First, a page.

Historic Saloon Sets Stage For Stardom

17-year-old showcased in Payson for Nashville record contract

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Country music star Collin Raye and Nashville record producers were at the Ox Bow Saloon Friday night paving the way for a young musician's road to stardom.

Rickiejoleen (all one word), who sings, plays guitar and writes her own music, has been performing for several years at the historic saloon on Main Street in Payson. But Friday night, the 17-year-old girl from Tempe received an opportunity for which many musicians will work a lifetime and never obtain.

With the help of Raye, Rickiejoleen is on her way to signing a record contract with a major recording label.

"I want to introduce her to the world," said Raye, who is known for his top-selling country hits like: "That's My Story"; "Little Red Rodeo"; "I Think About You"; and "One Boy, One Girl."

"I'm doing everything I can to help. I was hosting a golf tournament and I saw her perform. She wowed the crowd," Raye said.

"I met Collin about a year-and-a-half ago in St. Louis while I was performing at a children's benefit for the Missouri Children's Hospital," Rickiejoleen said. "About a week after that we started collaborating together. Things started to snowball and he wanted to work with me. I was surprised because you hear a lot of BS in this business when people say they'll call you. I remember telling him, ‘I'm probably not going to hear from you, but that's OK.' So when he called me he said, ‘See, I told you I'd call you.' He's a really great guy. I couldn't be working with anybody better than him."

"I feel like she's the purest new talent I've seen in my career," Raye said. "She's got a great voice, great persona and she's fresh."

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Country music star Collin Raye talks with performer Rickiejoleen at the Ox Bow Saloon Friday evening. "I want to introduce her to the world," said Raye, "I'm doing everything I can to help." Rickiejoleen is shopping labels for a record contract.

Rickiejoleen has a second showcase performance next month for additional record labels along with Warner Brothers at B.B. King's Club in Nashville. With these performances, and Raye's support, Rickiejoleen is optimistic she will soon have a record contract. Raye has already recorded a number of songs with Rickiejoleen in preparation for this process, called "shopping the labels."

"(Raye) produced the showcase CD and sang all the harmonies," Rickiejoleen said. "On the remake of the Johnny Cash hit ‘Cry, Cry, Cry,' he basically sang the whole song with me."

Sitting next to Raye during the showcase performance at the Ox Bow was Paul Worley, chief creative officer and producer for Warner Brothers Records.

Next to them sat Rickiejoleen's father, who operates sound and lights during his daughter's many performances.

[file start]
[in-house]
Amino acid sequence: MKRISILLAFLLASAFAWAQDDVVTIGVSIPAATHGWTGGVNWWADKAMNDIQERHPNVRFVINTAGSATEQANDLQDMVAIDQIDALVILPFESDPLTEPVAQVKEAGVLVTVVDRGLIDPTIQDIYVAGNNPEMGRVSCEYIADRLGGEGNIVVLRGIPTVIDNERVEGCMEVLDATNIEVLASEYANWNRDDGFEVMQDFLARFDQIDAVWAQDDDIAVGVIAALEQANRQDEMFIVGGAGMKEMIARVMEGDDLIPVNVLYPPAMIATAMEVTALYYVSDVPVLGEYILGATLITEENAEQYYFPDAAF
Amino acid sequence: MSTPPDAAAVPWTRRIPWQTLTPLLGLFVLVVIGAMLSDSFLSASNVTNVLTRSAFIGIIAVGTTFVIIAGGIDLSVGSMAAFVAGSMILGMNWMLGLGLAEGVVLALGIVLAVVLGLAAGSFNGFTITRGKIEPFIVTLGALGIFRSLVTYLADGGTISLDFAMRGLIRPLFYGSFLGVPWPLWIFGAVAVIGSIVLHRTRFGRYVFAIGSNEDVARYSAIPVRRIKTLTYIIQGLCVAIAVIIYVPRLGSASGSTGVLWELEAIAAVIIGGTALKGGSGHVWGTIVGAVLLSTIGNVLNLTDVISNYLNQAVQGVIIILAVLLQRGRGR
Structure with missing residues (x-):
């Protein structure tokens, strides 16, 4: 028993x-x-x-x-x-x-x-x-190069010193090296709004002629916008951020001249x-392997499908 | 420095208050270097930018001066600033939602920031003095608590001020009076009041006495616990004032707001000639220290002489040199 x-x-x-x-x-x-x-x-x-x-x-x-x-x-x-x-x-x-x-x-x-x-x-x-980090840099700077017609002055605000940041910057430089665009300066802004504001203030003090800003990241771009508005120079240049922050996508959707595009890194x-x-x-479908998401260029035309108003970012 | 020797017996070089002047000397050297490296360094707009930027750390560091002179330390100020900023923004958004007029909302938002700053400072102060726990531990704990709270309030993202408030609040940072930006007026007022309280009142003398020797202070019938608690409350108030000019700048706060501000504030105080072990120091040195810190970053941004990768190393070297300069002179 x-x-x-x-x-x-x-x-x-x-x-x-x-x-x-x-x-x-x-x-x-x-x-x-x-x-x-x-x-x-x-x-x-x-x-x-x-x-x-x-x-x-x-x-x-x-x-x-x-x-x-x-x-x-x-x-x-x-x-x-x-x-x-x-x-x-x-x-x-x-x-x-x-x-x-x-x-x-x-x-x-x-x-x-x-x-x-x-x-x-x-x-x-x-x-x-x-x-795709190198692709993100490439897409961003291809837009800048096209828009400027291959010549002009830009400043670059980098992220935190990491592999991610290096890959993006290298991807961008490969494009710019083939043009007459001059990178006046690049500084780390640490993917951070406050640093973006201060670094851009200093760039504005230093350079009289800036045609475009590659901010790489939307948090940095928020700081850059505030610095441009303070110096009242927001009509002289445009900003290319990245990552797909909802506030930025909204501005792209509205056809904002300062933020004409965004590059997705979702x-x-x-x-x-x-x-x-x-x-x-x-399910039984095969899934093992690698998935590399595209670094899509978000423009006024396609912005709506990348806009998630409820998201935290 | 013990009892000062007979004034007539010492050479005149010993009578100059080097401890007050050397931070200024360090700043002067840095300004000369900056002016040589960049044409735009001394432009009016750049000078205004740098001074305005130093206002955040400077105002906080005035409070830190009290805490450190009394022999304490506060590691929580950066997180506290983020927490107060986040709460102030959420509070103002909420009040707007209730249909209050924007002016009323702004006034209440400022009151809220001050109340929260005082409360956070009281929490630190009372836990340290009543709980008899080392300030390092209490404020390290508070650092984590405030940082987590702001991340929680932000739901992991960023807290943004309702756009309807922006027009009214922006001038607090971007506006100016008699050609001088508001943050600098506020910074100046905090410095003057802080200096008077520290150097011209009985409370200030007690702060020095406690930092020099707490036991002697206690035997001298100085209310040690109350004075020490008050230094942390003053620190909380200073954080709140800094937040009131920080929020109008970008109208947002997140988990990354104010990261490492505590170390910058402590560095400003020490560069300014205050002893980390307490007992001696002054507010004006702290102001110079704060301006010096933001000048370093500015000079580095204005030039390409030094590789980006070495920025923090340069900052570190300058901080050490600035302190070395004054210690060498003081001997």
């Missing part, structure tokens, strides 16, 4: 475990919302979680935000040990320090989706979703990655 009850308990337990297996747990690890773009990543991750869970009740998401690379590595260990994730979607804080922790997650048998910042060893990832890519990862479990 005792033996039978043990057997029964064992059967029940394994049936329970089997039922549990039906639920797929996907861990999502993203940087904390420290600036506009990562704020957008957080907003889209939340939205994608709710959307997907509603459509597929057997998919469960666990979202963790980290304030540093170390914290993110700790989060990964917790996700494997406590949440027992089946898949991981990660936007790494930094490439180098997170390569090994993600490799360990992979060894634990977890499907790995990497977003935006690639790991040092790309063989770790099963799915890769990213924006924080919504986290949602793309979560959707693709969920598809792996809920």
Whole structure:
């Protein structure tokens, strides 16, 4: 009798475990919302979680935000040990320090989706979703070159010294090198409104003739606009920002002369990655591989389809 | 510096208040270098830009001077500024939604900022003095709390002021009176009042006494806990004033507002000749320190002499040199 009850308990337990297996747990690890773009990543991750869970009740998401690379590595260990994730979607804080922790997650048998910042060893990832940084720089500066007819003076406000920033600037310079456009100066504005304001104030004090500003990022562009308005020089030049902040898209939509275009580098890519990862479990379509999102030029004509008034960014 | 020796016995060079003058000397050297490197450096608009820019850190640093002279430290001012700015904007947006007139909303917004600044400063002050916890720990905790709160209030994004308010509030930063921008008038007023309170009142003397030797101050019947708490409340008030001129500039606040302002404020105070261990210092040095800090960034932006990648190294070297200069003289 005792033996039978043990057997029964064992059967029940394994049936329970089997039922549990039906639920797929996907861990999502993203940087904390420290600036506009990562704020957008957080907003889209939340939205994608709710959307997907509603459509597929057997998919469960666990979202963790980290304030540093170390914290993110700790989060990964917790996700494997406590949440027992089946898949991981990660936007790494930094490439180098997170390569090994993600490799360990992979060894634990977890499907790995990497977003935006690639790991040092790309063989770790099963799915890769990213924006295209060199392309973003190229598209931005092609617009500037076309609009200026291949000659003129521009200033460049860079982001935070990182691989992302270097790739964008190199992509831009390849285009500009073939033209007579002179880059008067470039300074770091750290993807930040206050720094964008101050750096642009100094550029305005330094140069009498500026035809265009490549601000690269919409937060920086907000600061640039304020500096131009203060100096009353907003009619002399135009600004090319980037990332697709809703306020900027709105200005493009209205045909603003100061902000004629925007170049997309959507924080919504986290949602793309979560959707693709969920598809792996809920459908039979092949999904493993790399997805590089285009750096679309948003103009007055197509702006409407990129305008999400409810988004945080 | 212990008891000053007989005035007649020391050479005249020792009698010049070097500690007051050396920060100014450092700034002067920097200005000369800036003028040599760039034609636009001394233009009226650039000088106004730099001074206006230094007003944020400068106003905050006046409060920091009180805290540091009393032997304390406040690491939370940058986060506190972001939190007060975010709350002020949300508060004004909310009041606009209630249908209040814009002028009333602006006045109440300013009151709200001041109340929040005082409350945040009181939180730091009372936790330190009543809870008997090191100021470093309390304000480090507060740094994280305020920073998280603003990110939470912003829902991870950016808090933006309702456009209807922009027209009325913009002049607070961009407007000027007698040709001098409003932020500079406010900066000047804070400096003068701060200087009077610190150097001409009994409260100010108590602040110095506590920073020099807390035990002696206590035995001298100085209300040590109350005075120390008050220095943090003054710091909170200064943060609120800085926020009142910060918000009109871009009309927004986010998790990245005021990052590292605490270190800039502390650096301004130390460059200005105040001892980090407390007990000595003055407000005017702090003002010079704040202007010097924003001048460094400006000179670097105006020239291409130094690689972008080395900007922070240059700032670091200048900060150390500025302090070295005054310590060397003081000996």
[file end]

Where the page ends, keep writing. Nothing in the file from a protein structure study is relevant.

"Rickie started performing at the Ox Bow when she was 15 years old," said her father Rick, who prefers not to use his last name with his daughter on the brink of stardom. "She has a lot of friends up here."

But the proud father doesn't take any credit for his daughter's musical ability. "I'm a plumber -- she did this all on her own," Rick said. "She got her first band together when she was 8 years old. She told me she just wanted to get out there and play."

Rick explained that it wasn't easy for such a young musician to lock in performances in the Phoenix area, so she started calling around to areas outside Phoenix. That's how she found herself in Payson.

"Rickie has a solid head on her shoulders and she knows the business," said longtime friend Anna Schutter of Payson. "We're happy for her and wish the best for her."

Schutter, who attended the somewhat secret showcase performance Friday, said Raye was very kind, but that some people in the audience were disappointed the country star didn't take the stage. "He didn't mean to be standoffish, but he was there to support Rickie," Schutter said. "He wasn't there to promote himself."

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The next leg in Rickiejoleen's journey will take the young musician away from Arizona. "I know Collin wants me to move to Nashville as soon as possible, so that would be the next step," Rickiejoleen said.

As her dream starts to become reality, Rickiejoleen finds it difficult to describe her emotions. "It's hard to put into words. I'm glad that things are finally happening because I've worked so long. It's like somebody going to college all these years and finally getting a promotion and earning a name with a big corporation. It's very exciting. I've been through so much on this journey -- and the journey's not ending -- but it's great to look back and see how far I've come and how much I've accomplished," she said.

The next leg in her journey will take the young musician away from Arizona and her regular performances at the Ox Bow.

"I know Collin wants me to move to Nashville as soon as possible, so that would be the next step," Rickiejoleen said. "I think I'll take Dad with me, he's just going to have to be mobile."

But Rickiejoleen said she would never forget the role Payson played in her journey to success.

"I've been performing in Payson for about two years and I love everybody here," Rickiejoleen said. "It's almost like a second home. Everybody's awesome."

Raye said that while his visit was brief, he enjoyed his time in Payson. "I thought the people were very friendly and supportive. I had a wonderful time there."

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